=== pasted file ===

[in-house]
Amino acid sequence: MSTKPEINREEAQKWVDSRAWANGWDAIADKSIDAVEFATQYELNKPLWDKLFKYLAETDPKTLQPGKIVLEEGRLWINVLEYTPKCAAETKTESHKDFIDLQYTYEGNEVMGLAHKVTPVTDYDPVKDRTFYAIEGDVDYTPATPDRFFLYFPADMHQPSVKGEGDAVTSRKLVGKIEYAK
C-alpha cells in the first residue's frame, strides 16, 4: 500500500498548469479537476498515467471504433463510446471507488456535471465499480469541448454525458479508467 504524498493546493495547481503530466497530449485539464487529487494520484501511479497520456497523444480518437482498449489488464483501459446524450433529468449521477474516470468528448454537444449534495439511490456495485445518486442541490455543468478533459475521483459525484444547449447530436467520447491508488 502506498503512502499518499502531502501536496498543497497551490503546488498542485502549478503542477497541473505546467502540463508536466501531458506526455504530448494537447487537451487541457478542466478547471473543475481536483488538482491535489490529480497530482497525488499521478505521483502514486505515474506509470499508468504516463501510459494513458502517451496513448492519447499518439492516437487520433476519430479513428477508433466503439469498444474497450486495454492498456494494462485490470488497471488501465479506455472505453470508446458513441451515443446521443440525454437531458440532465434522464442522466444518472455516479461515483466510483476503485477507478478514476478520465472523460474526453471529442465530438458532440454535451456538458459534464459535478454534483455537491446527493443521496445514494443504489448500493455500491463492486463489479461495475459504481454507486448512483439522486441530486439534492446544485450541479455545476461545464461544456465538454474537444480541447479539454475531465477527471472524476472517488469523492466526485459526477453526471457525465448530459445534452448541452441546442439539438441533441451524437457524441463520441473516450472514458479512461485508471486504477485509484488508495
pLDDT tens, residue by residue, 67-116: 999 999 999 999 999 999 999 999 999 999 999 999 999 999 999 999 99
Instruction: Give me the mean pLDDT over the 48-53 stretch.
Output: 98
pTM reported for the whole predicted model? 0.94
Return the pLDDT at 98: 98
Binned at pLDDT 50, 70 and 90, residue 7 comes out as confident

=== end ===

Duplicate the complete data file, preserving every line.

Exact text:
[in-house]
Amino acid sequence: MSTKPEINREEAQKWVDSRAWANGWDAIADKSIDAVEFATQYELNKPLWDKLFKYLAETDPKTLQPGKIVLEEGRLWINVLEYTPKCAAETKTESHKDFIDLQYTYEGNEVMGLAHKVTPVTDYDPVKDRTFYAIEGDVDYTPATPDRFFLYFPADMHQPSVKGEGDAVTSRKLVGKIEYAK
C-alpha cells in the first residue's frame, strides 16, 4: 500500500498548469479537476498515467471504433463510446471507488456535471465499480469541448454525458479508467 504524498493546493495547481503530466497530449485539464487529487494520484501511479497520456497523444480518437482498449489488464483501459446524450433529468449521477474516470468528448454537444449534495439511490456495485445518486442541490455543468478533459475521483459525484444547449447530436467520447491508488 502506498503512502499518499502531502501536496498543497497551490503546488498542485502549478503542477497541473505546467502540463508536466501531458506526455504530448494537447487537451487541457478542466478547471473543475481536483488538482491535489490529480497530482497525488499521478505521483502514486505515474506509470499508468504516463501510459494513458502517451496513448492519447499518439492516437487520433476519430479513428477508433466503439469498444474497450486495454492498456494494462485490470488497471488501465479506455472505453470508446458513441451515443446521443440525454437531458440532465434522464442522466444518472455516479461515483466510483476503485477507478478514476478520465472523460474526453471529442465530438458532440454535451456538458459534464459535478454534483455537491446527493443521496445514494443504489448500493455500491463492486463489479461495475459504481454507486448512483439522486441530486439534492446544485450541479455545476461545464461544456465538454474537444480541447479539454475531465477527471472524476472517488469523492466526485459526477453526471457525465448530459445534452448541452441546442439539438441533441451524437457524441463520441473516450472514458479512461485508471486504477485509484488508495
pLDDT tens, residue by residue, 67-116: 999 999 999 999 999 999 999 999 999 999 999 999 999 999 999 999 99
Instruction: Give me the mean pLDDT over the 48-53 stretch.
Output: 98
pTM reported for the whole predicted model? 0.94
Return the pLDDT at 98: 98
Binned at pLDDT 50, 70 and 90, residue 7 comes out as confident